Old House Gardens
From America’s Expert Source for Heirloom Flower Bulbs

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Page 3 of Web-Only Tulips       << Previous 1 2 3 4 Next >>
MARJOLETTII, 1894        Web-Only
This wildflowery gem offers small, vase-shaped blooms of pale lemon to cream blushed with rose on graceful, wiry stems. A “neo-tulip” discovered growing wild in France in 1894, it is now considered most likely to be a much older garden “escape.” Cheap counterfeits are common, so for the real thing, come to us! 14”, zones 4b-7b(8bWC), from Holland. Although we hope to offer this rarity again in 2015, availability may not be confirmed until June. Please check back or subscribe to our email newsletter for an alert.
MARKGRAAF VAN BADEN, 1750        Web-Only
The mad “Count of Baden” is one of the most celebrated tulips in all of history. Wildly ruffled and fringed and spiked with tiny spurs and horns, its swirling petals of gold, red, and green may remind you of molten lava cascading down a tropical mountainside. As always, we have very few bulbs, so don’t delay! (For other exceptionally rare parrots, see ‘Amiral’, ‘Cafe Brun’, and ‘Perfecta’.) Parrot, 16-18”, zones 4b-7a(7bWC), from the Hortus Bulborum. Although we hope to offer this rarity again in 2015, availability may not be confirmed until June. Please check back or subscribe to our email newsletter for an alert.
OLD TIMES, 1905        Web-Only & Rarest
This uniquely colored, brown-inflected tulip has “a real ‘old-timey’ look to its garnet and primrose flowers,” as J. Horace McFarland wrote in 1938. Its shape is wonderfully old-fashioned, too, with lancet-pointed petals that curl back gracefully as they open in the sun. One of the so-called Cottage tulips, it was re-discovered by the Rev. Joseph Jacobs “in an old garden in Hanmer in 1905.” Very limited supply, Cottage/Single Late, 14-16”, zones 4a-7b(8aWC), from the Hortus Bulborum. See our other brown tulips. Although we hope to offer this rarity again in 2015, availability may not be confirmed until June. Please check back or subscribe to our email newsletter for an alert.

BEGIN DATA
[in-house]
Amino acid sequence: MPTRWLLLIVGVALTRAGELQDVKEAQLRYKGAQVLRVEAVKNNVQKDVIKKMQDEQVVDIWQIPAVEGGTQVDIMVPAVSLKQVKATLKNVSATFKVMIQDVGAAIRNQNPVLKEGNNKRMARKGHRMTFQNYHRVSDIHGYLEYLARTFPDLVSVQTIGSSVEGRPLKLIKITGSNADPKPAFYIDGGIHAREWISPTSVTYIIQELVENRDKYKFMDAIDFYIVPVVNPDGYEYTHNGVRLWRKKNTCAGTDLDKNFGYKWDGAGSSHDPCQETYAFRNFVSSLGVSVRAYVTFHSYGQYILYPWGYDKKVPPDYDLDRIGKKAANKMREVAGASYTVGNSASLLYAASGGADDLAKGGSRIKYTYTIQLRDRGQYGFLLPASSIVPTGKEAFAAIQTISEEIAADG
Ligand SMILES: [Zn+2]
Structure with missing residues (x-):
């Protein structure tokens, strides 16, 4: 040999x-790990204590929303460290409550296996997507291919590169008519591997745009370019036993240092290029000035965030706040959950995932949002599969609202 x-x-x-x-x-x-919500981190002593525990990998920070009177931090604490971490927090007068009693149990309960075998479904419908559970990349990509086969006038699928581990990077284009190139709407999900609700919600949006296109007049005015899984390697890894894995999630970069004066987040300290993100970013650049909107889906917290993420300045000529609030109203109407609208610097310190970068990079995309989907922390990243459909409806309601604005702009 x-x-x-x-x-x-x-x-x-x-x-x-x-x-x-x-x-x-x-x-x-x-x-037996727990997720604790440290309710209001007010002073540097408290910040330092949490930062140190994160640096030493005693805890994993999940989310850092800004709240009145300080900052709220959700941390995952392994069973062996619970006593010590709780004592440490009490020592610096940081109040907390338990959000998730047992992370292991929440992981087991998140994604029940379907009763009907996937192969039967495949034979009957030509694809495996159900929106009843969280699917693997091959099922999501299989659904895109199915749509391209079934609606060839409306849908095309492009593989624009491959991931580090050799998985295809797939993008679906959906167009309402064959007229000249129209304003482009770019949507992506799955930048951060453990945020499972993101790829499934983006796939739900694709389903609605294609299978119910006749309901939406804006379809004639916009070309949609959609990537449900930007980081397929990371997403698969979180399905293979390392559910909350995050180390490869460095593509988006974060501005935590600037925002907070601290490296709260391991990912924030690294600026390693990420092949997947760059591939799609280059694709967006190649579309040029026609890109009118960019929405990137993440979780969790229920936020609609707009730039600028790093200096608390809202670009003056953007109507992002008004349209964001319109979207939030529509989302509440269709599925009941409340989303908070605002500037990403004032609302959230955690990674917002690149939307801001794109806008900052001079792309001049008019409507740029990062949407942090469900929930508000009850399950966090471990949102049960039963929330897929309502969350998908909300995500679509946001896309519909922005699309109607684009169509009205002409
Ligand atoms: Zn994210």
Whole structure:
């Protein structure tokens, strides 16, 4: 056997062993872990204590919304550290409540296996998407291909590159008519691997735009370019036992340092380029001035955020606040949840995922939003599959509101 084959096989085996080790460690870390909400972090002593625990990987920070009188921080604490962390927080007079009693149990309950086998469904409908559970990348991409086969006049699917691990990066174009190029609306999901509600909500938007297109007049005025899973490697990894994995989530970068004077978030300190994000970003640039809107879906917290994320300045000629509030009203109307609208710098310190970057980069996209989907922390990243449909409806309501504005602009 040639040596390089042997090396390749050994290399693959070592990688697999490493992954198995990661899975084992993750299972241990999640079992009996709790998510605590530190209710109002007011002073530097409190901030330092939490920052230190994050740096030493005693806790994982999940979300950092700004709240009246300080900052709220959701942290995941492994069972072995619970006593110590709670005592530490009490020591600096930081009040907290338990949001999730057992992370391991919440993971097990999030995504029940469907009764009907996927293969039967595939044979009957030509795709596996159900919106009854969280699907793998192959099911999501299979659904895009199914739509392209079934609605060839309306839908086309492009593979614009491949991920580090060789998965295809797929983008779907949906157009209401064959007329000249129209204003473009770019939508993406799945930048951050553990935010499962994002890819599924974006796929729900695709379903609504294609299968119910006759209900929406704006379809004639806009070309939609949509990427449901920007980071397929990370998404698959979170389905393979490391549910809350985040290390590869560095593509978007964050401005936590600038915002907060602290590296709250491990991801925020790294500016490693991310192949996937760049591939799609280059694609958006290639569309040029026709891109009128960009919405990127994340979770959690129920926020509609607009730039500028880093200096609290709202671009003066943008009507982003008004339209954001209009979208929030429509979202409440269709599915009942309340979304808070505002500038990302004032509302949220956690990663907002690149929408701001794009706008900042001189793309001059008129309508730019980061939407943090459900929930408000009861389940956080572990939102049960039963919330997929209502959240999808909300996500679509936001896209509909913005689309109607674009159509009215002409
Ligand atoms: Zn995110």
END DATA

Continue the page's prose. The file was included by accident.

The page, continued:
ORANGE FAVORITE, 1930        Web-Only & Rarest
This deliciously fragrant flower is “one of the best of all tulips,” writes Anna Pavord in her monumental Bulb, although it’s “not for the faint-hearted.” (Does that sound like a challenge?) Its buds open into “stupendous,” glossy, ruffled blooms of orange feathered with wisps of rose and green. Although the harvest was so small we didn't put it in our print catalog this year, here it is! Parrot, 20” , zones 3a-7b(8bWC), from Holland. See our other unusually fragrant tulips.
TU37Add to basket:5/$9.2510/$17.5025/$4050/$74100/$137
PERFECTA, 1750        Web-Only
Like a brilliant flag whipped into a frenzy by raging winds – or the claw of some freakish lobster from the Great Barrier Reef – or a Baroque filigree splashed with paint by the Color Kittens – that’s ‘Perfecta.’ One of Nature’s weirdest and most wonderful jewels, it’s been preserved by gardeners for over 250 years so you can enjoy it today. (For other extra-rare parrots, see ‘Amiral de Constantinople’, ‘Cafe Brun’, and ‘Markgraaf van Baden’.) 18”, zones 4b-7a(7bWC), from the Hortus Bulborum. Although we hope to offer this rarity again in 2015, availability may not be confirmed until June. Please check back or subscribe to our email newsletter for an alert.